WHY did this happen? The machine produces a slightly different airstream which is whirling, this is the reason that the sprayer is a little more sensitive for increasing of speed. This can especially be seen in cultivation Jonagold, because of lush tree crown. To achieve better results at increasing speed we should also increase the airstream capacity and turns of P.T.O. shaft.
Generally, the sprayer did a very good job, because in majority of spots it achieved normalised deposits, which were higher than 0,5, which grants good impact of protection agents. Results in terms of normalised deposit show better performance than the result of WSP coverage.
 
The decision of increasing the working speed when spraying depends on interactive effect between sprayer characteristics, airstream produced by the sprayer, tree shape and nozzles used. When increasing spraying speed, we should also adjust the capacity of the fan. Increased spraying speed needs also higher air capacity, except if it is already too high in the beginning.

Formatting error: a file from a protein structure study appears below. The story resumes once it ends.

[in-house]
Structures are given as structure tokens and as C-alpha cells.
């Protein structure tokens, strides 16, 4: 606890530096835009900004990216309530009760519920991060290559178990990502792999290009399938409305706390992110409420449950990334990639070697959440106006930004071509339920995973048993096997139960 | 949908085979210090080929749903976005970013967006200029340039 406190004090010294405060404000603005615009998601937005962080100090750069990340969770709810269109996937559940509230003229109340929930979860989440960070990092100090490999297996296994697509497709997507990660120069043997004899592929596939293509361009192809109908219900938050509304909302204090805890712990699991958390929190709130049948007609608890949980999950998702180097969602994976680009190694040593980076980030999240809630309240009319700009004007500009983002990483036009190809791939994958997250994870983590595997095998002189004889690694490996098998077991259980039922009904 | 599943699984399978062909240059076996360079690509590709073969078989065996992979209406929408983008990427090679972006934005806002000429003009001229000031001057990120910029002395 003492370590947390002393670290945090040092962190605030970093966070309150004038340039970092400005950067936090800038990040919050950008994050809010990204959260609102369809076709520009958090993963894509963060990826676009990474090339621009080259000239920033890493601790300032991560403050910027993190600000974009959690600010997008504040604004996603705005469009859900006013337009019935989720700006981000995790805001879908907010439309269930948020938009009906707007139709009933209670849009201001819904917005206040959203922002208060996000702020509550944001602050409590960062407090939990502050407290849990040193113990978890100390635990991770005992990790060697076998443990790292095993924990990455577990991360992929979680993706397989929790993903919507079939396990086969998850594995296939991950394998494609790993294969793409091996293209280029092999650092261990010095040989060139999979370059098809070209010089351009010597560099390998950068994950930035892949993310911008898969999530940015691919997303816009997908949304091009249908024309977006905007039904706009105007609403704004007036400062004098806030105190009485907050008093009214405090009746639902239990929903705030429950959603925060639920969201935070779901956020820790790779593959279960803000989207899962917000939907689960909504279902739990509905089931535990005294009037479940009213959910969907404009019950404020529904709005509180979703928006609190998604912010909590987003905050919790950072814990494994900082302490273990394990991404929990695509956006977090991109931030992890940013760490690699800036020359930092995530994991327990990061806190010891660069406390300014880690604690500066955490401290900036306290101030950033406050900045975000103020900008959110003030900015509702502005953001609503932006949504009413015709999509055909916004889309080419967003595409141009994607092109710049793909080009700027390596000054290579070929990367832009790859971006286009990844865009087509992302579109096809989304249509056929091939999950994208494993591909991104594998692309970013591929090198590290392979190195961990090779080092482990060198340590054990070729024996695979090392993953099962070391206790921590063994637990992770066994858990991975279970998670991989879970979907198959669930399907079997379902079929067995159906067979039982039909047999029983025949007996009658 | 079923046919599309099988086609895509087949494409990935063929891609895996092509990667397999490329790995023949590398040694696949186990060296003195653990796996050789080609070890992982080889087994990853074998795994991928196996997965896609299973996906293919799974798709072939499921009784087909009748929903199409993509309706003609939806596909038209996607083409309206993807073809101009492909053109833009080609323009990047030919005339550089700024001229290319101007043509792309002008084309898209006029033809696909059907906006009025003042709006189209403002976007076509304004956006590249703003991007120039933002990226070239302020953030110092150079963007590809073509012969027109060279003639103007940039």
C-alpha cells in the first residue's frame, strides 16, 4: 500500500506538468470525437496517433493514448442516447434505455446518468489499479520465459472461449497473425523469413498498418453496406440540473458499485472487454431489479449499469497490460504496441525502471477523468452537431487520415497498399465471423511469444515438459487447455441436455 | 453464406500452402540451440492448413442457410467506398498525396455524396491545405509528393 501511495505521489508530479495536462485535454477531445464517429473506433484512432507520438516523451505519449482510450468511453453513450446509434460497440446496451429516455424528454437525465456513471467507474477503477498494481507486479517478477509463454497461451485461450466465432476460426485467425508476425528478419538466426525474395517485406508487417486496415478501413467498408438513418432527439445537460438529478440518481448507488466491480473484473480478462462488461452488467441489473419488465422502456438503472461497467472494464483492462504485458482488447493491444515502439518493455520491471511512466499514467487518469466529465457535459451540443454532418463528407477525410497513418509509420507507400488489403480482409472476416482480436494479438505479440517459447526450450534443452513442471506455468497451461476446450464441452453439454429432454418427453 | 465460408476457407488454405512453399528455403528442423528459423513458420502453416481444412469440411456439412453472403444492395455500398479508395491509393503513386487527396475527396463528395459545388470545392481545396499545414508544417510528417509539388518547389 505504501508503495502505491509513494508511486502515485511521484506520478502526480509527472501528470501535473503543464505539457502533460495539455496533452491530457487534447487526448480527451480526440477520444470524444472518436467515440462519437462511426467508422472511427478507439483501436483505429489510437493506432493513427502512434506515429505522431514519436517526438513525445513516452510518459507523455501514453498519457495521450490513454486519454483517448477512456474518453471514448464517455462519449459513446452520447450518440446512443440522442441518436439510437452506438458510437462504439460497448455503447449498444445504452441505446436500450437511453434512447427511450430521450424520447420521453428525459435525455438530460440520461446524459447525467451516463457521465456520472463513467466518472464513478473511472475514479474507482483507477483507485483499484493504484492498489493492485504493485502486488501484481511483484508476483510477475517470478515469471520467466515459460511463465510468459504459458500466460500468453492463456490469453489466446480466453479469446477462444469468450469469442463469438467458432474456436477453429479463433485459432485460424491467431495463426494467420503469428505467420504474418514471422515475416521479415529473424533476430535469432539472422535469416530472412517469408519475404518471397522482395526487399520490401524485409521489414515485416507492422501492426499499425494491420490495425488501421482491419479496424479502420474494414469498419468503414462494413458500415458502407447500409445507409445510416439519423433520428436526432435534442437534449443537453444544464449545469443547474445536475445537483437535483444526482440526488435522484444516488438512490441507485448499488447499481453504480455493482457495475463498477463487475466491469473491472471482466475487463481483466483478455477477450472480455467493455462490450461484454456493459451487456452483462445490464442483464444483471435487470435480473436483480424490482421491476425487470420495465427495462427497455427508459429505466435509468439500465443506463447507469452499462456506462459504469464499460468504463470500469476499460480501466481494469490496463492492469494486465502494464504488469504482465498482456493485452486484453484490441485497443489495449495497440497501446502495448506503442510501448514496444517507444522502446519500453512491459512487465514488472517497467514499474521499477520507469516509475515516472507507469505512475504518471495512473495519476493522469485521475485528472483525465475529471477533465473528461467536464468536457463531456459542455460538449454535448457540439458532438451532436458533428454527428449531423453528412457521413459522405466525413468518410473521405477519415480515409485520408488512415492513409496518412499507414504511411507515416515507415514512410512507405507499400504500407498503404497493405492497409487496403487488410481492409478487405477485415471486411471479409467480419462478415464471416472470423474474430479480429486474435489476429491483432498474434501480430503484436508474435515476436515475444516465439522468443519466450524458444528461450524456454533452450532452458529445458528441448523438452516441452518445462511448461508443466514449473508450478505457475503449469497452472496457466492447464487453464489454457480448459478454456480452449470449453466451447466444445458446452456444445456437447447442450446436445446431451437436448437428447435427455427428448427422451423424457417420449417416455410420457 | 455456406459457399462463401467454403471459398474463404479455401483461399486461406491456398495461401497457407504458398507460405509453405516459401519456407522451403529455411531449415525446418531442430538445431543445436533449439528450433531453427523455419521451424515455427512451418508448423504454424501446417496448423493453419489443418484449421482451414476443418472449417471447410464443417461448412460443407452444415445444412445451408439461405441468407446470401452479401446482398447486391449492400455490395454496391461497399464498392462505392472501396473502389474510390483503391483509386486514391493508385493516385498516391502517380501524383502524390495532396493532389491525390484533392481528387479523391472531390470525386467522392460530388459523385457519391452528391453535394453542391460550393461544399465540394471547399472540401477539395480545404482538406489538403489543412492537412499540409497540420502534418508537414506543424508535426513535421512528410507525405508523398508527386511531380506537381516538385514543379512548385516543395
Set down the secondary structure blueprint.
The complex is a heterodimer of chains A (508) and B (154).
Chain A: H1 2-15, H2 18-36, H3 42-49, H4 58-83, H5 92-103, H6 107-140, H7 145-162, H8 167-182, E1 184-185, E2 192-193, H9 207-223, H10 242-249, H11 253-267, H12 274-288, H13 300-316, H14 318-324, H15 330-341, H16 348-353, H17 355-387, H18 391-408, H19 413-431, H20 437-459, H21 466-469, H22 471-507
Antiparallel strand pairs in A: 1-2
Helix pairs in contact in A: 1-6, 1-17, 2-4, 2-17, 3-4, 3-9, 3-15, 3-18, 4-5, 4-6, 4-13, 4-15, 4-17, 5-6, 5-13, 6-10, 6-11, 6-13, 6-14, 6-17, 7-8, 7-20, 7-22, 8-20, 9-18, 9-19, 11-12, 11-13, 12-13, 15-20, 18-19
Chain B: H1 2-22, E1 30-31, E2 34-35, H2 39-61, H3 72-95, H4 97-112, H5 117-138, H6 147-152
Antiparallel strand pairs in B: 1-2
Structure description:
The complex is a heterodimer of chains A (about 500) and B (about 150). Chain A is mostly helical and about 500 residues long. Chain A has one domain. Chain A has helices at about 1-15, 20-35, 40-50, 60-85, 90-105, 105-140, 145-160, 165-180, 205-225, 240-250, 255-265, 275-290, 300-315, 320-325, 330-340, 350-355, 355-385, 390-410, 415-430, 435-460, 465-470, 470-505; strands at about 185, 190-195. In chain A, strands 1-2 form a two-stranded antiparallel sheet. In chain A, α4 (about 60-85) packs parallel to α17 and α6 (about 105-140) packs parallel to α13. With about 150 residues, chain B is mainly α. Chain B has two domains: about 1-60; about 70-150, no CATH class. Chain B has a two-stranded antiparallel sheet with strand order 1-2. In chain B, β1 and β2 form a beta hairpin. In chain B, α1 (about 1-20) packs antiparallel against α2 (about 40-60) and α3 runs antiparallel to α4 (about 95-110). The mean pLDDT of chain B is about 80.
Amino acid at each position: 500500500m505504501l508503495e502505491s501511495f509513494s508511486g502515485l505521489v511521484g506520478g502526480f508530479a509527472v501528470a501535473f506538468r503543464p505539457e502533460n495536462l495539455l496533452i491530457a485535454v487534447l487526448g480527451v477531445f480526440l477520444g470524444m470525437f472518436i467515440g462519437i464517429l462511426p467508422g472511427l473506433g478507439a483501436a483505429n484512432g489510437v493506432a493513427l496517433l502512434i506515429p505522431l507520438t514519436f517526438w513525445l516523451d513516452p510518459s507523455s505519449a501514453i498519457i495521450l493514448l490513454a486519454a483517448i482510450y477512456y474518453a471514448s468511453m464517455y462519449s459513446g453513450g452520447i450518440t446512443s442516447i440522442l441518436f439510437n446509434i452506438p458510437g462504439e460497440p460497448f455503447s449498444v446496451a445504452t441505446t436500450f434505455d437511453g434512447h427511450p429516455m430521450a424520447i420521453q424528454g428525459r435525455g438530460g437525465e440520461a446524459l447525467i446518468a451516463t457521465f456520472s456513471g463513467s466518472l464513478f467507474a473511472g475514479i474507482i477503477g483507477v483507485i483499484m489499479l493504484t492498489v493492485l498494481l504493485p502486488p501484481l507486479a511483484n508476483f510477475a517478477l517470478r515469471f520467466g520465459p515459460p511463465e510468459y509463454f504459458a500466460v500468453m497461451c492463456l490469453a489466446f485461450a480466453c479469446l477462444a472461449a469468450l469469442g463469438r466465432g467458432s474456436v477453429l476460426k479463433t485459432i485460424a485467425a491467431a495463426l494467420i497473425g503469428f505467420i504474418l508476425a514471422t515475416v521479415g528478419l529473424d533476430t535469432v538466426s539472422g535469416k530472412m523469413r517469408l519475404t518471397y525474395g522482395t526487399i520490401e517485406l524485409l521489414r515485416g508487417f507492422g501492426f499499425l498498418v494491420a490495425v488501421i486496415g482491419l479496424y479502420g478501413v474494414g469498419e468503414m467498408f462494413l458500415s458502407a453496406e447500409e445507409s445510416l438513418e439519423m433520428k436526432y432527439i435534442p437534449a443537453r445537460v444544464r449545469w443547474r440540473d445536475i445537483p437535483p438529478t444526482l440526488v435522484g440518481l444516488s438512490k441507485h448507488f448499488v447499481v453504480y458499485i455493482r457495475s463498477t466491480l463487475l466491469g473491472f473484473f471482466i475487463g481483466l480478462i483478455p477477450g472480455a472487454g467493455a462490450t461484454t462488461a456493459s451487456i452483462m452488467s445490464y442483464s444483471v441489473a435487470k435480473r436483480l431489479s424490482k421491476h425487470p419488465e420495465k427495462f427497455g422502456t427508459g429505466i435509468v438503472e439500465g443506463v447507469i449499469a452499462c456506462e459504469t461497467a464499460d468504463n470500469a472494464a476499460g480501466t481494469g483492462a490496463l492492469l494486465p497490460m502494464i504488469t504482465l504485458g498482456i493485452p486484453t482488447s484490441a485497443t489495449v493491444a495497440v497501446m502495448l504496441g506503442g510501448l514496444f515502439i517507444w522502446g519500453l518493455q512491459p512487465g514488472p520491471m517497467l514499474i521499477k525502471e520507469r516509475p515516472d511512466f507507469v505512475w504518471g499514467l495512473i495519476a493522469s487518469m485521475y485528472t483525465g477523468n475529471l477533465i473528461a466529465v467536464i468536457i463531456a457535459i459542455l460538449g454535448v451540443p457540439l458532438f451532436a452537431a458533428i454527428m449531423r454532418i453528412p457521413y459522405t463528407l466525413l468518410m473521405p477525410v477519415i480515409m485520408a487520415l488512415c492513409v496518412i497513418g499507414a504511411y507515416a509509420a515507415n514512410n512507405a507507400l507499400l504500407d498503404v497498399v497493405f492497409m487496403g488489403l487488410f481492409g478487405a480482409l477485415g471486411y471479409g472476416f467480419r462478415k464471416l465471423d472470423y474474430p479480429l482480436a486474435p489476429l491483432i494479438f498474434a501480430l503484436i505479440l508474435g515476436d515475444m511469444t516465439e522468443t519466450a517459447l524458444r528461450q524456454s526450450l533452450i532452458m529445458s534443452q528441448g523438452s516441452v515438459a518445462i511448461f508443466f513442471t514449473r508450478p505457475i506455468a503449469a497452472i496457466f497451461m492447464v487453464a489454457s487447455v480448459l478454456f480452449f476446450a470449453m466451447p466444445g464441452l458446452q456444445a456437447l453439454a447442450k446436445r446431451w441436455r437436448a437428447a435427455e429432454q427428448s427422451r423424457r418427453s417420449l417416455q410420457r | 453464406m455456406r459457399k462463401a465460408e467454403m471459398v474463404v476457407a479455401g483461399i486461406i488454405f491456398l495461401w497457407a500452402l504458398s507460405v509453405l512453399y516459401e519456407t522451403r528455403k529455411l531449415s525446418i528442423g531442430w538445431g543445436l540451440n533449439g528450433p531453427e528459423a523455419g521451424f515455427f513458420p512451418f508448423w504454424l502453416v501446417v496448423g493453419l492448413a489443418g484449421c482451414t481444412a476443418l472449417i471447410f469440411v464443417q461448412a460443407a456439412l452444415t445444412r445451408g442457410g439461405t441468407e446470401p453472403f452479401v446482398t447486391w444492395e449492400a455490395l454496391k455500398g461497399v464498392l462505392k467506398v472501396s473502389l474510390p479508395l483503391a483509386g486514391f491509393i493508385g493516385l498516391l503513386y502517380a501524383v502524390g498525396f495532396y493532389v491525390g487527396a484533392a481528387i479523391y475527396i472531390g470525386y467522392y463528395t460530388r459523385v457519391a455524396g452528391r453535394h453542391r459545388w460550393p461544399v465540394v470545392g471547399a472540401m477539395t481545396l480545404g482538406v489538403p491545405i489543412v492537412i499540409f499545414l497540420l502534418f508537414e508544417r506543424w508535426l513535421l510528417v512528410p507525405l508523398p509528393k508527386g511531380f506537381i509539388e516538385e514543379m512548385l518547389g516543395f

Comparison of nozzles in cultivation Gala


Pictures (left and right) show WSP in cultivation Gala at working speed 6,4 km/h. Left tree represents WSP with use of ATR yellow nozzle, right picture represents WSP with use of anti-drift nozzle Albuz TVI green. Anti-drift nozzles produce bigger droplets, which can be seen in the picture on the right. In both cases we can see a high number of droplets on WSP, which indicates that the deposit is very good.
Comparison of deposit quality with analysis of coloured tracer.

 
Normalized deposit (Gala, double axial ventilator, left tree ATR nozzle right tree TVI nozzle). Small letters represent values in different spots of tree with the same working speed, which differ from each other according to the Turkey HSD test (a < 0,05). Capital letters with different fonts represent significantly different values in the same spot of the same tree with 2 different nozzles.
The best deposit when using ATR nozzles in cultivation Gala (left) was achieved in spot 6, all other spots also had a very good deposit. The deposit was also the best in spot 6 when using TVI anti-drift nozzle (right), spots 1 and 2 also had a very good deposit. The worst normalized deposit was in both cases achieved in spot 5. Statistical comparison showed that the deposit with anti-drift nozzle was slightly better. In other cases, statistically there was almost no difference between both type of nozzles.
According to achieved normalized deposit, we can state, that in the settings of the sprayer were optimal (air capacity) and prevented drift from the outer part of tree crown.
 
Deposit results with use of water sensitive papers (WSP).